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Negro Comrades of the Crown

Negro Comrades of the Crown: African Americans and the British Empire Fight the U.S. Before Emancipation

Gerald Horne
Copyright Date: 2012
Published by: NYU Press
Pages: 365
https://www.jstor.org/stable/j.ctt9qfvbd
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  • Book Info
    Negro Comrades of the Crown
    Book Description:

    While it is well known that more Africans fought on behalf of the British than with the successful patriots of the American Revolution, Gerald Horne reveals in his latest work of historical recovery that after 1776, Africans and African-Americans continued to collaborate with Great Britain against the United States in battles big and small until the Civil War. Many African Americans viewed Britain, an early advocate of abolitionism and emancipator of its own slaves, as a powerful ally in their resistance to slavery in the Americas. This allegiance was far-reaching, from the Caribbean to outposts in North America to Canada. In turn, the British welcomed and actively recruited both fugitive and free African Americans, arming them and employing them in military engagements throughout the Atlantic World, as the British sought to maintain a foothold in the Americas following the Revolution. In this path-breaking book, Horne rewrites the history of slave resistance by placing it for the first time in the context of military and diplomatic wrangling between Britain and the United States. Painstakingly researched and full of revelations, Negro Comrades of the Crown is among the first book-length studies to highlight the Atlantic origins of the Civil War, and the active role played by African Americans within these external factors that led to it.

    eISBN: 978-0-8147-9050-2
    Subjects: Sociology

Table of Contents

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  1. Front Matter
    (pp. i-iv)
  2. Table of Contents
    (pp. v-vi)
  3. Introduction: Negroes—“British in Their Hearts?”
    (pp. 1-16)

    It was mid-summer 1816 and Africans in Florida,¹ tensing for an epochal battle near the Apalachicola River, were well-armed. Among the hundreds gathered at what was called the “Negro Fort” were former slaves who had been trained by the British—a nation which only recently had fought a brutal war with the United States: the warriors also included escaped slaves from this young republic, along with a grouping of indigenes who too had unresolved grievances with Washington. Thanks to London, they had the ability to inflict severe pain on approaching U.S. troops: their weaponry included four twenty-four pound cannons, four...

  4. 1 “Huzzah for Bermuda!”
    (pp. 17-28)

    George Washington was alarmed. He had just heard of events in Haiti which portended a shock to the entire slave system—and heartrending losses for slaveholders.¹ It was a familiar tactic in the Americas² for colonizing powers to ally with the enslaved of competing powers³—to the detriment of the latter.⁴ Washington’s republic had just endured the mass discontent of the enslaved and it was foreseeable that the evolution of events in Hispaniola could spell trouble for slaveholders within the hemisphere. Thus, one scholar argues that the revolt against British rule occasioned the “largest slave revolt in the Americas.”⁵ According...

  5. 2 “Base Fools!”
    (pp. 29-42)

    Having quelled indigenous nations, imperial control of its territory and African dreams of freedom, the U.S.¹—particularly the South²—had become headstrong, wheezing with an overconfidence that was not entirely justifiable. Thus, not long after attaining independence, the new nation seemed poised to return to war with London,³ then in bitter conflict with Paris.⁴ It was heartening⁵ to London when in early 1797 their consul in Norfolk, Virginia, noticed that “hatred” toward his nation was decreasing. Nevertheless, he sighed, “the Party in favour of the French is still strong and numerous.”⁶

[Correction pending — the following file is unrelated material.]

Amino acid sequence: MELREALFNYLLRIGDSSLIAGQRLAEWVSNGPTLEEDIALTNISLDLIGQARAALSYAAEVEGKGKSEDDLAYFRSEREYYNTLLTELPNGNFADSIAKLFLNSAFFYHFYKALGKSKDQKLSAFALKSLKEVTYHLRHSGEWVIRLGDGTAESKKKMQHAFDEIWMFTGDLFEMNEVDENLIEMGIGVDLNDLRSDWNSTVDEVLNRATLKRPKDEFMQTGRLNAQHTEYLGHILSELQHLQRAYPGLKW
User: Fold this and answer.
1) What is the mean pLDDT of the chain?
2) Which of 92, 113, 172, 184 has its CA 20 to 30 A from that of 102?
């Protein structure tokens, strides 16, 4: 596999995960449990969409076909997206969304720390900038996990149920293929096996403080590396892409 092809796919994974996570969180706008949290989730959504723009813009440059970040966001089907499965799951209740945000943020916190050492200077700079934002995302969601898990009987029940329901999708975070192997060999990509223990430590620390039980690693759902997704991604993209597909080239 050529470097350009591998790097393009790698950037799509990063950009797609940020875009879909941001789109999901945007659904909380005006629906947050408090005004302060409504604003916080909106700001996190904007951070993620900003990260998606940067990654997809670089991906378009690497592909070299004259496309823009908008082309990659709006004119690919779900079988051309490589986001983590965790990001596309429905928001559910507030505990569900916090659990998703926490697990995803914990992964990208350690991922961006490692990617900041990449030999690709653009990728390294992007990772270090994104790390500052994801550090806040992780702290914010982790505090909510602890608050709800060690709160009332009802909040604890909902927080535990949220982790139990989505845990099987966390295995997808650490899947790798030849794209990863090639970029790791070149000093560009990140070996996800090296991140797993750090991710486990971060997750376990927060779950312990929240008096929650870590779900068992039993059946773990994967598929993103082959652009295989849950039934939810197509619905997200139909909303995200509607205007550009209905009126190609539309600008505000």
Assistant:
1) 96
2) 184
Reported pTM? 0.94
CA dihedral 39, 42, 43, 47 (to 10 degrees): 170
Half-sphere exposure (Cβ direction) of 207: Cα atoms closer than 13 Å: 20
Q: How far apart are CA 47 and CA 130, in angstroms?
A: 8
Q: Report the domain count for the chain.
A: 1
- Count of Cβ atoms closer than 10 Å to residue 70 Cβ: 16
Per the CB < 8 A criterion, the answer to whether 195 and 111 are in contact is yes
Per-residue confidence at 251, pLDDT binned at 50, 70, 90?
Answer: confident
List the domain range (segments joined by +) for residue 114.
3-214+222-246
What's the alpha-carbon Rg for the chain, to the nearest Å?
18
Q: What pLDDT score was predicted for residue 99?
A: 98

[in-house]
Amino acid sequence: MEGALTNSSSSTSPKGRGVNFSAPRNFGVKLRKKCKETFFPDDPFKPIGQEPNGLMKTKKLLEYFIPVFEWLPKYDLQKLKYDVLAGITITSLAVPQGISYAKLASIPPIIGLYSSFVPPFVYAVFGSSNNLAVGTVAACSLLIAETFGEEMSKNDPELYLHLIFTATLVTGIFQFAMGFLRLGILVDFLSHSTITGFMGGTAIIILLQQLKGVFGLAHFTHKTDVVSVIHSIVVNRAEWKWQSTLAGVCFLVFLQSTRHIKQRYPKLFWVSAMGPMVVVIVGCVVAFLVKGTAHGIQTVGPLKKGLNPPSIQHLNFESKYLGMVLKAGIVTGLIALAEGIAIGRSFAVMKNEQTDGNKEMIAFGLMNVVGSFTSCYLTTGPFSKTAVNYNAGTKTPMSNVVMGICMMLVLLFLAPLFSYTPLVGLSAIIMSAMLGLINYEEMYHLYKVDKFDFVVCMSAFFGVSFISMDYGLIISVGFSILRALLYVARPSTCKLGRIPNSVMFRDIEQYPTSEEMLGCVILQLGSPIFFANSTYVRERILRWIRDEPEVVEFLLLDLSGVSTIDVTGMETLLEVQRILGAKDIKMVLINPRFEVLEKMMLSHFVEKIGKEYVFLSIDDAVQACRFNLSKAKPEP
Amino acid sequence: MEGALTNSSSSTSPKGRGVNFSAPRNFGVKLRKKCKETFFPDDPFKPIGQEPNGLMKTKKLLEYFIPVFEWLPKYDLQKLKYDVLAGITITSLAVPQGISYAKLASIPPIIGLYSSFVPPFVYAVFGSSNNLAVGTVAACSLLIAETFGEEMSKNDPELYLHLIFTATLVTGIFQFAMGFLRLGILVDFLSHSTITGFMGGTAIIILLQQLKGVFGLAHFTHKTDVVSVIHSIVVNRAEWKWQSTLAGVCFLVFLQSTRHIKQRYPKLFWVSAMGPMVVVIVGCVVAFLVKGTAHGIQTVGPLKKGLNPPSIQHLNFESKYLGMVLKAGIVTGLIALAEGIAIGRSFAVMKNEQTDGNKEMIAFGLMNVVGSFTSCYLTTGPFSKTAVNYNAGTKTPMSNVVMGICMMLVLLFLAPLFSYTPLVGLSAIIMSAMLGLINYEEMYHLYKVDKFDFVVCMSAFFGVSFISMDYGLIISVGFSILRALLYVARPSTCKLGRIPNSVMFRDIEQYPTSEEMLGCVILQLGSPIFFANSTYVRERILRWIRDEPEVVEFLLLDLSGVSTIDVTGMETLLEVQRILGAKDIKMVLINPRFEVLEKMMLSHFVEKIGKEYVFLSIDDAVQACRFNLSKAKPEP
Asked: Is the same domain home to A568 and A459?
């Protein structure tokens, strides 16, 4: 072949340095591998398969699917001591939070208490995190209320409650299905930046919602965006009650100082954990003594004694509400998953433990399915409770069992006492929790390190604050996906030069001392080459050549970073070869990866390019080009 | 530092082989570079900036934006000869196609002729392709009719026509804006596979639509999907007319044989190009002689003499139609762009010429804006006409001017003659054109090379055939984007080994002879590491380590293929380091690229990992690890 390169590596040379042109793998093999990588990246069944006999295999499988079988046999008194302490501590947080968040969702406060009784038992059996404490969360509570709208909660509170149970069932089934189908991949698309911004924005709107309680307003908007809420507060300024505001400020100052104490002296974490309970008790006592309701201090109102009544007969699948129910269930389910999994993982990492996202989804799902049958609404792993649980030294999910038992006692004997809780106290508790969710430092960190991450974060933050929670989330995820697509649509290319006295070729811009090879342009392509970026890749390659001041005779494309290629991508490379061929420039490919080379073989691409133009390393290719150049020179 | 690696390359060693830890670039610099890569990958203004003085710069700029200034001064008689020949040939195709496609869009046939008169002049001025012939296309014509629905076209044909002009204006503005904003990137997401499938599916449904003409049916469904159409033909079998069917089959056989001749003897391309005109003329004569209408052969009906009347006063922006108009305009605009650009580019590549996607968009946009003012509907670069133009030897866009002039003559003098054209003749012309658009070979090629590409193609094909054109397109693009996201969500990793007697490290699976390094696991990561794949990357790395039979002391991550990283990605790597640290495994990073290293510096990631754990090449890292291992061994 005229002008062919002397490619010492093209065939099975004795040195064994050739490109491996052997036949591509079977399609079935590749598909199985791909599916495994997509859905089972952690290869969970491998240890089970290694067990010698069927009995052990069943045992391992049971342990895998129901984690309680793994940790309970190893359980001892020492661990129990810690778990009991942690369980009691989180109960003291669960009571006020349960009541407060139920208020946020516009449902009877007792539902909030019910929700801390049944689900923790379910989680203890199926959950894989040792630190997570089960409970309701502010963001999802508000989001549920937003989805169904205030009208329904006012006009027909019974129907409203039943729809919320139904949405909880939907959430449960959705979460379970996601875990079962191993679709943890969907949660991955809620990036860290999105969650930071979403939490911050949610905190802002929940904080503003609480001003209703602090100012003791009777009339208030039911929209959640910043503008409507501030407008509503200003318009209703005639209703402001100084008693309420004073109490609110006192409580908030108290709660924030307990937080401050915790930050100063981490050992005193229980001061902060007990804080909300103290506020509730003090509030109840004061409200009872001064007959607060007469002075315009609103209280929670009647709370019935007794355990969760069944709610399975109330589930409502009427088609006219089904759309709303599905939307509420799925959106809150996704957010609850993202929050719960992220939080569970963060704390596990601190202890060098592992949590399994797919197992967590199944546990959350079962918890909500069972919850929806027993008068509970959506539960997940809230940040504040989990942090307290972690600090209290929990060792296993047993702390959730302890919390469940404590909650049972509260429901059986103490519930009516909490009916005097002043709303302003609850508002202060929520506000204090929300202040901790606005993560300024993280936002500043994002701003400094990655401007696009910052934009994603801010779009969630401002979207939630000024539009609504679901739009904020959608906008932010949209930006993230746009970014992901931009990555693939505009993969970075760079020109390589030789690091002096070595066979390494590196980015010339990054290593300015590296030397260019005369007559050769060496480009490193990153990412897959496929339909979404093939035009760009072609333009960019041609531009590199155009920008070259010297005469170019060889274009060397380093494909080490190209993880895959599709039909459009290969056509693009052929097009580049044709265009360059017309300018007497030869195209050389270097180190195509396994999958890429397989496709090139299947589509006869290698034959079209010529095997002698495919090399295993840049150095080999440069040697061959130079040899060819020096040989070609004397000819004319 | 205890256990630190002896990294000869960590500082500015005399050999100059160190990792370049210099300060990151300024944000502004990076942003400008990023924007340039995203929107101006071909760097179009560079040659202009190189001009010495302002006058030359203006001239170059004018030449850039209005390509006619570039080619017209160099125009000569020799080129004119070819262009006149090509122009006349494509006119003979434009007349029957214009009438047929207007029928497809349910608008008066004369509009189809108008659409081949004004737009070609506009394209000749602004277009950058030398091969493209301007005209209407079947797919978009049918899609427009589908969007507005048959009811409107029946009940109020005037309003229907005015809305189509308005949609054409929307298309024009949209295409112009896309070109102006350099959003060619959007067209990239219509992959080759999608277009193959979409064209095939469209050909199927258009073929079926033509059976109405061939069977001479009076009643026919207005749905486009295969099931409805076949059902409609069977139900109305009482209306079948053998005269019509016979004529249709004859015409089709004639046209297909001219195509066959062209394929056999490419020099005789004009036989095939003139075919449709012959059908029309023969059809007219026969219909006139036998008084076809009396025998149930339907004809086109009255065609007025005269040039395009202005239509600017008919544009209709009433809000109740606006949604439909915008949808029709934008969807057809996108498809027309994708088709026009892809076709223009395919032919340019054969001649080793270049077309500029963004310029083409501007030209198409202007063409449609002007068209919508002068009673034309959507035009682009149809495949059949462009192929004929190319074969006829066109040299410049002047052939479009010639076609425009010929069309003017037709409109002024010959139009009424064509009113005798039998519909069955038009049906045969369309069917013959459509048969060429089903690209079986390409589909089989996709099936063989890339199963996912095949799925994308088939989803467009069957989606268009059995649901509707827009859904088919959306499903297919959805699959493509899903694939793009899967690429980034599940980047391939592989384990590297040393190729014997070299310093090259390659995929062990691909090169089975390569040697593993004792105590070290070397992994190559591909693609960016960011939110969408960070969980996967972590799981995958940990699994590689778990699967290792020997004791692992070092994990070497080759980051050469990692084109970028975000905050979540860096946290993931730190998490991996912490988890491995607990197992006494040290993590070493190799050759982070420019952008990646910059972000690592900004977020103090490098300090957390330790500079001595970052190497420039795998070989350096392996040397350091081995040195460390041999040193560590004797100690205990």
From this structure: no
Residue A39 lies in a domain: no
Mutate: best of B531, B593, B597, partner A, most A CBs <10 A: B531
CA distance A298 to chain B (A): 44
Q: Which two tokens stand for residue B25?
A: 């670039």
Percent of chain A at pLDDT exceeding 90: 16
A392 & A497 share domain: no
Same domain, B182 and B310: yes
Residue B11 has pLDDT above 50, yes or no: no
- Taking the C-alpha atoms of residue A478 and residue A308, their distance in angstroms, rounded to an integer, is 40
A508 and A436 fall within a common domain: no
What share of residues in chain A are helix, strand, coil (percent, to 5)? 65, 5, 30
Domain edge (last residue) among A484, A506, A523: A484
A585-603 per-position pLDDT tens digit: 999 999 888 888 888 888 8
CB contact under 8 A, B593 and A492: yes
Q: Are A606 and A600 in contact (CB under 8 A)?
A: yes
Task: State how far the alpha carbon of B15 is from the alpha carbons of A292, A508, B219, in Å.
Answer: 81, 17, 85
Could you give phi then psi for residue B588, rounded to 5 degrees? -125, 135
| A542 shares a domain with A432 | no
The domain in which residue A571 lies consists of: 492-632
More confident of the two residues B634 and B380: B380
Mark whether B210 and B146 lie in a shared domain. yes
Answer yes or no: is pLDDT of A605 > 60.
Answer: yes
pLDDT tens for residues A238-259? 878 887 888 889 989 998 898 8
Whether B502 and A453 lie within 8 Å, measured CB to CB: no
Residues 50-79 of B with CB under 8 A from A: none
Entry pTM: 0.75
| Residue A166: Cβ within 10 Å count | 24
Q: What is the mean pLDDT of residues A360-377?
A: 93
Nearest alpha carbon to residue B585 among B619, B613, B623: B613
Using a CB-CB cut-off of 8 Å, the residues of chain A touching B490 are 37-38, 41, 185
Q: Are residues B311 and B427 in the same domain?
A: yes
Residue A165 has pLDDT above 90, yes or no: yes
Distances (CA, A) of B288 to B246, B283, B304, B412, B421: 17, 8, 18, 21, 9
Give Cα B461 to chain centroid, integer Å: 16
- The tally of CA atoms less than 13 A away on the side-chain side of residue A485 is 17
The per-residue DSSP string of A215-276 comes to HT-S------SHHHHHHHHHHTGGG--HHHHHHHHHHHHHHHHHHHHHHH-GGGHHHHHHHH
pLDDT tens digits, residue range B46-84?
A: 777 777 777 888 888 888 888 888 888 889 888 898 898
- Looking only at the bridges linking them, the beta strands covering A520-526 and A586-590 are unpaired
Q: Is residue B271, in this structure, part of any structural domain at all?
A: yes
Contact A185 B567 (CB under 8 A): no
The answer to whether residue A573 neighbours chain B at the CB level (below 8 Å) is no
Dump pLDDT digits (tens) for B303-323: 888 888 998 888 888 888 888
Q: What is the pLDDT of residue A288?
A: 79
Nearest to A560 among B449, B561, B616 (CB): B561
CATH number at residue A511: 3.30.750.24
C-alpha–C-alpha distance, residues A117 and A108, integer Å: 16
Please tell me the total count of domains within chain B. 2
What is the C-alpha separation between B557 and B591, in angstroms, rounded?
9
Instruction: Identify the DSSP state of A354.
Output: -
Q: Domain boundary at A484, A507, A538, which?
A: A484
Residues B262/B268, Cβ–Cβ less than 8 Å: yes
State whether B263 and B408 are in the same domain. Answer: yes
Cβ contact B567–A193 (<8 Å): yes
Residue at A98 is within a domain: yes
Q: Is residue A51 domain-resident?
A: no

The powerful Virginians actual or future presidents all: Jefferson,...

  6. 3 Can U.S. Negroes Commit Treason?
    (pp. 43-53)

    It was 1811 and Paul Cuffe, one of the republic’s most affluent men of color, was in Britain as war loomed with his homeland: yet he did not appear to be seized with the idea of rallying to the stars-and-stripes. Indeed, he continued to carry on a profitable trade with the British military establishment, which he appeared to justify because of the abolitionist work of the Royal Navy and—it is not unlikely that—his vessel bore the Union Jack. This trade did not cease with the declaration of war, which suggested that some in the republic would have deemed...

  7. 4 The Enslaved Torments the Slaveholder
    (pp. 54-65)

    Paul Jennings was stunned.

    Born in 1799 on the estate of President James Madison, he had risen to become a “body servant” of this diminutive, ill-tempered man, whose face, he confessed unashamedly, he “shaved . . . every other day for sixteen years.” As he recalled it, by the summer of 1814, “great alarm existed” because of the ill-conceived war that Madison had launched. The diminutive Madison, said Jennings, liked to be surrounded by “tall, strapping Negroes” (they were among the 100 he owned). But this curious homosocial predilection may have backfired when it turned out that this group was...

  8. 5 “A Powerful Negro Army”
    (pp. 66-77)

    Eliza Chotard Gould was worried.

    Of French descent and born in 1777, she had fled from revolutionary Hispaniola to New Orleans and by mid-December 1814, she was beset with the reason for her flight in the first place: armed Africans. Meanwhile, others in redcoats were “trying to instigate the Negroes to insurrection, as they had basely done [with] the savages [aiding their] massacre of helpless families.”

    “Our sleeping was [as] irregular as our eating,” Ms. Gould cried, and “we never went regularly to bed. We had all pieces of gold concealed about our persons in case we should have to...

  9. 6 The British, Africans, and Indigenes versus the U.S.